My cutting edge issue is actually getting them ready to eat from a dried state. Unlike other legumes they have a thick hull on each seed, which most resources recommend peeling or popping off of each bean after an overnight soak. This seems to put them into a whole other category of preparation time and effort....more comparable to acorns or nuts!
So what I've been doing is cracking/chopping them into coarse pieces in our Vita-Mix blender, stirring the results in my hands a few times to help the hull pieces separate from the beans, and then winnowing them back and forth between buckets out in the wind, much as one would wheat. Most of the pieces of hull separate off this way, and quite a bit of the remainder float to the surface when I pour water on the bean pieces to start the soaking. This is probably what I will continue to do unless I find, or research, or (I hope!) someone on here tells me a better way! It's still pretty "dithery" (my word for time and labor intensive) compared to other legumes, and I'm losing some small pieces of the beans themselves with the hulls (not a total loss, since I do this in the chicken yard or on a piece of cardboard so all the stuff ends up with the chickens. Perhaps I will try a batch the slow way, popping each bean out of it's skin. After all I spend a lot of time handling acorns one at a time, shelling corn, winnowing wheat and then picking through it one bowl at a time. Maybe that's what real food is about.....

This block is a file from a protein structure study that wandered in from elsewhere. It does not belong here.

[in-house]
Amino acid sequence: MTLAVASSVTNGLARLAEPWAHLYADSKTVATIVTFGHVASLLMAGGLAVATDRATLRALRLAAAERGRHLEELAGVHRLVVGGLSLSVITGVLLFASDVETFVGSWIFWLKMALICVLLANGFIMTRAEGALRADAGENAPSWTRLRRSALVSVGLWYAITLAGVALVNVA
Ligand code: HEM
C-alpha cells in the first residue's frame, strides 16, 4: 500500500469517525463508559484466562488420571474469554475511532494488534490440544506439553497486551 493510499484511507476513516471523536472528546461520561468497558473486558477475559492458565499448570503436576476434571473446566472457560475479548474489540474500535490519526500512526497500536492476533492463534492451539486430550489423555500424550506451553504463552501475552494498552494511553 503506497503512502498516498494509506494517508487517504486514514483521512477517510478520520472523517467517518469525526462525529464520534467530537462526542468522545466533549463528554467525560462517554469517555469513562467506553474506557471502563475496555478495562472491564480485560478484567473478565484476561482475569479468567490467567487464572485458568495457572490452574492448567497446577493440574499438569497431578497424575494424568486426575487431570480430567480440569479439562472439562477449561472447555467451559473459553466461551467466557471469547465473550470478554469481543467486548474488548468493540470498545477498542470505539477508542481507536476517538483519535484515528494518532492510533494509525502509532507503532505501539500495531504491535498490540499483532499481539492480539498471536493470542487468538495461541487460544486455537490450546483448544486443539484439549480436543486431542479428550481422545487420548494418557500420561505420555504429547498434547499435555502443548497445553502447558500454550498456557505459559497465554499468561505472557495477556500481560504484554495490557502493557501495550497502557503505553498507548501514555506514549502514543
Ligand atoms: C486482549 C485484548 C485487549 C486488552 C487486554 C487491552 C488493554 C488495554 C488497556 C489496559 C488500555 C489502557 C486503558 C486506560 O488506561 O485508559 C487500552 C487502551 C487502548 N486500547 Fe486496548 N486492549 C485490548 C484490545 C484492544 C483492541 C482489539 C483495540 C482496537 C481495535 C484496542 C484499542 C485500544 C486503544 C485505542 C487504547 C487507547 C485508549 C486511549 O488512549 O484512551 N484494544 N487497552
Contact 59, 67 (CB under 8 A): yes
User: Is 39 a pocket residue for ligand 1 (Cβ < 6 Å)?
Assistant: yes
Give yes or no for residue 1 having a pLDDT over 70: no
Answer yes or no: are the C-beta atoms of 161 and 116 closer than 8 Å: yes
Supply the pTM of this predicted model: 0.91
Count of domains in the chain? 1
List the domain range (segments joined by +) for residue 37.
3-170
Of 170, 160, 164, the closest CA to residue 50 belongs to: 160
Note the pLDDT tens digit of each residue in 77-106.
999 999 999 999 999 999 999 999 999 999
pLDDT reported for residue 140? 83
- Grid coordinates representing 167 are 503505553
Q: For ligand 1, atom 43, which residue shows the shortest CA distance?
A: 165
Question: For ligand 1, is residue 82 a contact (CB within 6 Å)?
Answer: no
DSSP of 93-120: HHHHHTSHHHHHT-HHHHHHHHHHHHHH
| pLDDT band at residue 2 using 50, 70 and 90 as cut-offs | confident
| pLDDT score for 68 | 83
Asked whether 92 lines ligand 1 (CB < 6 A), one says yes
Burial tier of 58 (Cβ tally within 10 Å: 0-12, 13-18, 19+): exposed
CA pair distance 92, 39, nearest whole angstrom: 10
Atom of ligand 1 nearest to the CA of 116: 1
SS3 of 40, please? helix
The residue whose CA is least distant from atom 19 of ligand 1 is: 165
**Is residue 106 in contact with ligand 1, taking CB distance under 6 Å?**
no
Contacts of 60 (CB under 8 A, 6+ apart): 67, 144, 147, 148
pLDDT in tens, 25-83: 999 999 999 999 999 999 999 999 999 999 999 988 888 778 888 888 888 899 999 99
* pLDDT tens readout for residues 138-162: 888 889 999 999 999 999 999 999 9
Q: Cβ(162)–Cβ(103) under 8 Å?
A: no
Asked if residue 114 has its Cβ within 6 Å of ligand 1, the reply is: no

Anyone else out there eat dry favas, and how?
I know when my beans are dried, I am going to have them dried and salted as it describes on that page. And medames looks like a simple recipe worth a try.
Angelika Maier wrote:First how do you get them out of the pod? Last year the kids did that, but next year I doubt.
There is an Egyptian recipe something like hommus and you blend it, so no need to remove the shells.
We cook them with the shells but they taste a bit strong like this.
The way I've always done it - even as a young kid, is to snap the end off, then run my finger down inside along the beans. I don't remember, maybe it is also pulling the snapped end along the length pulling off the lining holding it closed. That opens it up easily. Then you run your finger back, and knock the beans out.
Isn't it that easy? It's been a while, but I'm a little confused. Maybe you have some hard to deal with variety we don't have.